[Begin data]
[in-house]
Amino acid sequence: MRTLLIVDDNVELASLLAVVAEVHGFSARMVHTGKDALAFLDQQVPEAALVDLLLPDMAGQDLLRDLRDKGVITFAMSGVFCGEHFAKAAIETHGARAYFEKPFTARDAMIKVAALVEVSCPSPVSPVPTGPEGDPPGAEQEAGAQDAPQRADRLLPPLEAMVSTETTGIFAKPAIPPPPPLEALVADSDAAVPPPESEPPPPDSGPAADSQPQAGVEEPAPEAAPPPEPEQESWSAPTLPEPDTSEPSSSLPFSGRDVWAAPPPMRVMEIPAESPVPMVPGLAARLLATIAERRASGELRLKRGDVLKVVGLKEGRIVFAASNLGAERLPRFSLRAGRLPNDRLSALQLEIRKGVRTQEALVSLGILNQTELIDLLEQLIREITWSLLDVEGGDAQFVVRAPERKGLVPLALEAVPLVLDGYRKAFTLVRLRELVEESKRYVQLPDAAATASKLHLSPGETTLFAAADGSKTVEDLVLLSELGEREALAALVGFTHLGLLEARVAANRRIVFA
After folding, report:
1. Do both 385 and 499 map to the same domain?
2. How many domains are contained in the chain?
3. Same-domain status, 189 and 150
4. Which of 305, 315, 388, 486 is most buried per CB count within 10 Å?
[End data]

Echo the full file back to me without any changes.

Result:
[in-house]
Amino acid sequence: MRTLLIVDDNVELASLLAVVAEVHGFSARMVHTGKDALAFLDQQVPEAALVDLLLPDMAGQDLLRDLRDKGVITFAMSGVFCGEHFAKAAIETHGARAYFEKPFTARDAMIKVAALVEVSCPSPVSPVPTGPEGDPPGAEQEAGAQDAPQRADRLLPPLEAMVSTETTGIFAKPAIPPPPPLEALVADSDAAVPPPESEPPPPDSGPAADSQPQAGVEEPAPEAAPPPEPEQESWSAPTLPEPDTSEPSSSLPFSGRDVWAAPPPMRVMEIPAESPVPMVPGLAARLLATIAERRASGELRLKRGDVLKVVGLKEGRIVFAASNLGAERLPRFSLRAGRLPNDRLSALQLEIRKGVRTQEALVSLGILNQTELIDLLEQLIREITWSLLDVEGGDAQFVVRAPERKGLVPLALEAVPLVLDGYRKAFTLVRLRELVEESKRYVQLPDAAATASKLHLSPGETTLFAAADGSKTVEDLVLLSELGEREALAALVGFTHLGLLEARVAANRRIVFA
After folding, report:
1. Do both 385 and 499 map to the same domain?
2. How many domains are contained in the chain?
3. Same-domain status, 189 and 150
4. Which of 305, 315, 388, 486 is most buried per CB count within 10 Å?